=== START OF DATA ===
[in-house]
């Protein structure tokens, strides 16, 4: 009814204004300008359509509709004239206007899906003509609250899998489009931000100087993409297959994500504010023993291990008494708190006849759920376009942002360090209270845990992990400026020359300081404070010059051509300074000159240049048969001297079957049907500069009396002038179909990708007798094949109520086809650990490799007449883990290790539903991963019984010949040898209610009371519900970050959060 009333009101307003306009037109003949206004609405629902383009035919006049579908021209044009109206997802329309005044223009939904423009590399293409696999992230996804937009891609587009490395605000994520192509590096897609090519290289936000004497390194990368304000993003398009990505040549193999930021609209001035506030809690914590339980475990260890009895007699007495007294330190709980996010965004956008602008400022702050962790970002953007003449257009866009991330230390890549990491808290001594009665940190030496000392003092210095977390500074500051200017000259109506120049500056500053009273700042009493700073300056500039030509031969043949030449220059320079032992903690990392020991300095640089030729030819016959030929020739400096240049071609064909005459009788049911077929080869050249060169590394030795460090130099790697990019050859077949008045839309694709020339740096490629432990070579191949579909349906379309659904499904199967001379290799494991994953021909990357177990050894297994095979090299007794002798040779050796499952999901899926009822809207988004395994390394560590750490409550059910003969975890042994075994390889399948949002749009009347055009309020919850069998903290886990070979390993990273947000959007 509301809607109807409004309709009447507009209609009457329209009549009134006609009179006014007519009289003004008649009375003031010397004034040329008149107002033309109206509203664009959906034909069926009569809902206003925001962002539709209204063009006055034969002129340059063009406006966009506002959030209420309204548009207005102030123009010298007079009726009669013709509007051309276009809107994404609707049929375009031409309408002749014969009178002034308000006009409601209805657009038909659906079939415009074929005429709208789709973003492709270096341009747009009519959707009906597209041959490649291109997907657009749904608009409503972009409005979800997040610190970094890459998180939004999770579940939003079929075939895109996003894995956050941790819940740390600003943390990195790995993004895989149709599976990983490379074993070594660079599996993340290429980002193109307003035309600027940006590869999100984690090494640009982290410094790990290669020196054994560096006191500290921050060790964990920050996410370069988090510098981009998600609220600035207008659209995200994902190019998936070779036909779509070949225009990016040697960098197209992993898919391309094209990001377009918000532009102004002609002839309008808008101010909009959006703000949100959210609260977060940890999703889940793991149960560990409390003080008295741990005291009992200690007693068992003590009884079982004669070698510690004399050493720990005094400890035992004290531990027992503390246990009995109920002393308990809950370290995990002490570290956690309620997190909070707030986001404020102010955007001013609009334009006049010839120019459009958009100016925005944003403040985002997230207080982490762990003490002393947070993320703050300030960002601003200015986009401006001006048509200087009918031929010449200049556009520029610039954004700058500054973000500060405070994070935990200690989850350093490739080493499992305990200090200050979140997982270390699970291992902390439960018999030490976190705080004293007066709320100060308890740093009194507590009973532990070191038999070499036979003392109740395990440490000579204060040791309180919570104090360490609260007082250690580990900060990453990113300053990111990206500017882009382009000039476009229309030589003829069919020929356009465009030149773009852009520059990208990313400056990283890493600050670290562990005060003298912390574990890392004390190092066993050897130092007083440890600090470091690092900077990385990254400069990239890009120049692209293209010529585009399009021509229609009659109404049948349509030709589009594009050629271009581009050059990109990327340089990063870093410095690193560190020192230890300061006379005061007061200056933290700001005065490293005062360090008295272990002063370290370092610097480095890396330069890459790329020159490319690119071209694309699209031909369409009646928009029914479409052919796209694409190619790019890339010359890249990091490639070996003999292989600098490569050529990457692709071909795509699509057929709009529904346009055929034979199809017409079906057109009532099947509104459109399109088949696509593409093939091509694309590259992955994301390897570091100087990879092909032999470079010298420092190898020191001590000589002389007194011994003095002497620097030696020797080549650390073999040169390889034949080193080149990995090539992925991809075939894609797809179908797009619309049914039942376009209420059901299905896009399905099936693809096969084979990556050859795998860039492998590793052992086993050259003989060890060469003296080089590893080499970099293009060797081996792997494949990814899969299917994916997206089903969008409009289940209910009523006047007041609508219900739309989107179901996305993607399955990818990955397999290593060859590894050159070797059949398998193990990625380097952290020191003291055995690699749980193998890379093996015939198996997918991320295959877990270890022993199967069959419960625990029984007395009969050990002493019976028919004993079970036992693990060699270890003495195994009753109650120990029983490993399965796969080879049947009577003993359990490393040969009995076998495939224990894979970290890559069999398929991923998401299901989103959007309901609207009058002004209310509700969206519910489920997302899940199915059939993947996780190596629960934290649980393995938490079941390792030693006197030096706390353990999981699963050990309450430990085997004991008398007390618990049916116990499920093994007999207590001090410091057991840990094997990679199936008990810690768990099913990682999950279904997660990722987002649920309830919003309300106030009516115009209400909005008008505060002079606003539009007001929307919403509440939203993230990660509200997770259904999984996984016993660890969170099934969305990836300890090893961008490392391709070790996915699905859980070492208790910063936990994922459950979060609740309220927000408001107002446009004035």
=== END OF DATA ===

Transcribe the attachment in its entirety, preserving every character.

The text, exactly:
[in-house]
């Protein structure tokens, strides 16, 4: 009814204004300008359509509709004239206007899906003509609250899998489009931000100087993409297959994500504010023993291990008494708190006849759920376009942002360090209270845990992990400026020359300081404070010059051509300074000159240049048969001297079957049907500069009396002038179909990708007798094949109520086809650990490799007449883990290790539903991963019984010949040898209610009371519900970050959060 009333009101307003306009037109003949206004609405629902383009035919006049579908021209044009109206997802329309005044223009939904423009590399293409696999992230996804937009891609587009490395605000994520192509590096897609090519290289936000004497390194990368304000993003398009990505040549193999930021609209001035506030809690914590339980475990260890009895007699007495007294330190709980996010965004956008602008400022702050962790970002953007003449257009866009991330230390890549990491808290001594009665940190030496000392003092210095977390500074500051200017000259109506120049500056500053009273700042009493700073300056500039030509031969043949030449220059320079032992903690990392020991300095640089030729030819016959030929020739400096240049071609064909005459009788049911077929080869050249060169590394030795460090130099790697990019050859077949008045839309694709020339740096490629432990070579191949579909349906379309659904499904199967001379290799494991994953021909990357177990050894297994095979090299007794002798040779050796499952999901899926009822809207988004395994390394560590750490409550059910003969975890042994075994390889399948949002749009009347055009309020919850069998903290886990070979390993990273947000959007 509301809607109807409004309709009447507009209609009457329209009549009134006609009179006014007519009289003004008649009375003031010397004034040329008149107002033309109206509203664009959906034909069926009569809902206003925001962002539709209204063009006055034969002129340059063009406006966009506002959030209420309204548009207005102030123009010298007079009726009669013709509007051309276009809107994404609707049929375009031409309408002749014969009178002034308000006009409601209805657009038909659906079939415009074929005429709208789709973003492709270096341009747009009519959707009906597209041959490649291109997907657009749904608009409503972009409005979800997040610190970094890459998180939004999770579940939003079929075939895109996003894995956050941790819940740390600003943390990195790995993004895989149709599976990983490379074993070594660079599996993340290429980002193109307003035309600027940006590869999100984690090494640009982290410094790990290669020196054994560096006191500290921050060790964990920050996410370069988090510098981009998600609220600035207008659209995200994902190019998936070779036909779509070949225009990016040697960098197209992993898919391309094209990001377009918000532009102004002609002839309008808008101010909009959006703000949100959210609260977060940890999703889940793991149960560990409390003080008295741990005291009992200690007693068992003590009884079982004669070698510690004399050493720990005094400890035992004290531990027992503390246990009995109920002393308990809950370290995990002490570290956690309620997190909070707030986001404020102010955007001013609009334009006049010839120019459009958009100016925005944003403040985002997230207080982490762990003490002393947070993320703050300030960002601003200015986009401006001006048509200087009918031929010449200049556009520029610039954004700058500054973000500060405070994070935990200690989850350093490739080493499992305990200090200050979140997982270390699970291992902390439960018999030490976190705080004293007066709320100060308890740093009194507590009973532990070191038999070499036979003392109740395990440490000579204060040791309180919570104090360490609260007082250690580990900060990453990113300053990111990206500017882009382009000039476009229309030589003829069919020929356009465009030149773009852009520059990208990313400056990283890493600050670290562990005060003298912390574990890392004390190092066993050897130092007083440890600090470091690092900077990385990254400069990239890009120049692209293209010529585009399009021509229609009659109404049948349509030709589009594009050629271009581009050059990109990327340089990063870093410095690193560190020192230890300061006379005061007061200056933290700001005065490293005062360090008295272990002063370290370092610097480095890396330069890459790329020159490319690119071209694309699209031909369409009646928009029914479409052919796209694409190619790019890339010359890249990091490639070996003999292989600098490569050529990457692709071909795509699509057929709009529904346009055929034979199809017409079906057109009532099947509104459109399109088949696509593409093939091509694309590259992955994301390897570091100087990879092909032999470079010298420092190898020191001590000589002389007194011994003095002497620097030696020797080549650390073999040169390889034949080193080149990995090539992925991809075939894609797809179908797009619309049914039942376009209420059901299905896009399905099936693809096969084979990556050859795998860039492998590793052992086993050259003989060890060469003296080089590893080499970099293009060797081996792997494949990814899969299917994916997206089903969008409009289940209910009523006047007041609508219900739309989107179901996305993607399955990818990955397999290593060859590894050159070797059949398998193990990625380097952290020191003291055995690699749980193998890379093996015939198996997918991320295959877990270890022993199967069959419960625990029984007395009969050990002493019976028919004993079970036992693990060699270890003495195994009753109650120990029983490993399965796969080879049947009577003993359990490393040969009995076998495939224990894979970290890559069999398929991923998401299901989103959007309901609207009058002004209310509700969206519910489920997302899940199915059939993947996780190596629960934290649980393995938490079941390792030693006197030096706390353990999981699963050990309450430990085997004991008398007390618990049916116990499920093994007999207590001090410091057991840990094997990679199936008990810690768990099913990682999950279904997660990722987002649920309830919003309300106030009516115009209400909005008008505060002079606003539009007001929307919403509440939203993230990660509200997770259904999984996984016993660890969170099934969305990836300890090893961008490392391709070790996915699905859980070492208790910063936990994922459950979060609740309220927000408001107002446009004035």